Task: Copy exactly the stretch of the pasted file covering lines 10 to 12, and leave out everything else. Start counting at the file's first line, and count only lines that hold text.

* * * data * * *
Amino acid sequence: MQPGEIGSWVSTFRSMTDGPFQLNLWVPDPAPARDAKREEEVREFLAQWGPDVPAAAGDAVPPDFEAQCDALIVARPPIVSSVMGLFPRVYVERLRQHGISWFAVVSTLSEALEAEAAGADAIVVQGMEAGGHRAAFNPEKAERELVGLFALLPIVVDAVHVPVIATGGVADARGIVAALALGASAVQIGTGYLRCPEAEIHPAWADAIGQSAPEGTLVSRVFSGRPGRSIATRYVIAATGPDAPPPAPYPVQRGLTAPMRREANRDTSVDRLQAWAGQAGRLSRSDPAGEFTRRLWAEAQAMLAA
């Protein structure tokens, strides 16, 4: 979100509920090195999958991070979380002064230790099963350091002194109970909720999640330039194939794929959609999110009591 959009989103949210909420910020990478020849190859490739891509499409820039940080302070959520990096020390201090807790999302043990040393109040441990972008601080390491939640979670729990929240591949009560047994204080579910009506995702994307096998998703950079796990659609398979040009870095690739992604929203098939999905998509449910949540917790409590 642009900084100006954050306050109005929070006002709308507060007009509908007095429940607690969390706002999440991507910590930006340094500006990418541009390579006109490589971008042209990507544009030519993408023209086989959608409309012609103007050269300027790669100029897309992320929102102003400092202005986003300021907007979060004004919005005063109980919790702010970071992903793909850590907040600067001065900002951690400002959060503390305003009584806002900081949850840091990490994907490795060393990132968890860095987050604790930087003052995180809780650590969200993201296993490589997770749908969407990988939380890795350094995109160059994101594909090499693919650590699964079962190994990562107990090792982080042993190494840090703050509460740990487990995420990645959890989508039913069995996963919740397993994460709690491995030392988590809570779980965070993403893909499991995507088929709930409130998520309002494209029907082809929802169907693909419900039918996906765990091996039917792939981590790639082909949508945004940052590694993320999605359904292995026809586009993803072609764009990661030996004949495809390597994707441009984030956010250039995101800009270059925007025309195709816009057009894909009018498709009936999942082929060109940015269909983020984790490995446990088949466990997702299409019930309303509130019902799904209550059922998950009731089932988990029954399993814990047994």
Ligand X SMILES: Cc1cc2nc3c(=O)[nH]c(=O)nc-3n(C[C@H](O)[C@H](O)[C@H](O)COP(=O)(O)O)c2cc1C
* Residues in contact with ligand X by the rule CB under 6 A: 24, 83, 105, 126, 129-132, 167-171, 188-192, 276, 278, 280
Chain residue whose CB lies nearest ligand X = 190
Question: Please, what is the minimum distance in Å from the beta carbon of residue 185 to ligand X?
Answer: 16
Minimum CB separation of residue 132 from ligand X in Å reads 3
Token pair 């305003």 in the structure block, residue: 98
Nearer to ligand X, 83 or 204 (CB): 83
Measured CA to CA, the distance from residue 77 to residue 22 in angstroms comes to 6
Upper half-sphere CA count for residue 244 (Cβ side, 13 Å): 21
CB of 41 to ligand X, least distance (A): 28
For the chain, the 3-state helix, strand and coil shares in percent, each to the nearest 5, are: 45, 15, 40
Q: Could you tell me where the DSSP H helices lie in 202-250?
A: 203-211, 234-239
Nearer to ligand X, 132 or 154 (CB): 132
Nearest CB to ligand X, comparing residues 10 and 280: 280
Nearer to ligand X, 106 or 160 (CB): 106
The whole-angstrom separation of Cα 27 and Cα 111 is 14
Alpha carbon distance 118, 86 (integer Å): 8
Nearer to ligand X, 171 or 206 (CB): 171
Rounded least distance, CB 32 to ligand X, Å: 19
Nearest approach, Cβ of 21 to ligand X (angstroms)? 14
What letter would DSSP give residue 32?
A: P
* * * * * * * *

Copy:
Nearer to ligand X, 83 or 204 (CB): 83
Measured CA to CA, the distance from residue 77 to residue 22 in angstroms comes to 6
Upper half-sphere CA count for residue 244 (Cβ side, 13 Å): 21